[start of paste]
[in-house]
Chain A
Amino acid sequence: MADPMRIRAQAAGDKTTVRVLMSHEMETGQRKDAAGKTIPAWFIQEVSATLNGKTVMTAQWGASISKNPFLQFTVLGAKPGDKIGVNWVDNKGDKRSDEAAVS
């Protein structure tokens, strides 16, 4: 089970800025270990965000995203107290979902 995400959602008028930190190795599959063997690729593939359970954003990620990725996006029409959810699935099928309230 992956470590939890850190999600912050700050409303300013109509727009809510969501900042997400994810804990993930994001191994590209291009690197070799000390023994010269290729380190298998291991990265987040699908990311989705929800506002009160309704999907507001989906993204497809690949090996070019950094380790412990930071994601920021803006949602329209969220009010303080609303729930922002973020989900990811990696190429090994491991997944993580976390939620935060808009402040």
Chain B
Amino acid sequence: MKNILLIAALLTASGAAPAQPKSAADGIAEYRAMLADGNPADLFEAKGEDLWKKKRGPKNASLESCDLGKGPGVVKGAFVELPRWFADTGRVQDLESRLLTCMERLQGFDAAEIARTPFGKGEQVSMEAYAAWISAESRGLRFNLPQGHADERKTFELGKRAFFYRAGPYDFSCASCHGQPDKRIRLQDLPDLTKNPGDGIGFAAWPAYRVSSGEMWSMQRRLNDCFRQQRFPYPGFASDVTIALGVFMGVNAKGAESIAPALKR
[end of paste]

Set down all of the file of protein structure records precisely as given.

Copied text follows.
[in-house]
Chain A
Amino acid sequence: MADPMRIRAQAAGDKTTVRVLMSHEMETGQRKDAAGKTIPAWFIQEVSATLNGKTVMTAQWGASISKNPFLQFTVLGAKPGDKIGVNWVDNKGDKRSDEAAVS
């Protein structure tokens, strides 16, 4: 089970800025270990965000995203107290979902 995400959602008028930190190795599959063997690729593939359970954003990620990725996006029409959810699935099928309230 992956470590939890850190999600912050700050409303300013109509727009809510969501900042997400994810804990993930994001191994590209291009690197070799000390023994010269290729380190298998291991990265987040699908990311989705929800506002009160309704999907507001989906993204497809690949090996070019950094380790412990930071994601920021803006949602329209969220009010303080609303729930922002973020989900990811990696190429090994491991997944993580976390939620935060808009402040």
Chain B
Amino acid sequence: MKNILLIAALLTASGAAPAQPKSAADGIAEYRAMLADGNPADLFEAKGEDLWKKKRGPKNASLESCDLGKGPGVVKGAFVELPRWFADTGRVQDLESRLLTCMERLQGFDAAEIARTPFGKGEQVSMEAYAAWISAESRGLRFNLPQGHADERKTFELGKRAFFYRAGPYDFSCASCHGQPDKRIRLQDLPDLTKNPGDGIGFAAWPAYRVSSGEMWSMQRRLNDCFRQQRFPYPGFASDVTIALGVFMGVNAKGAESIAPALKR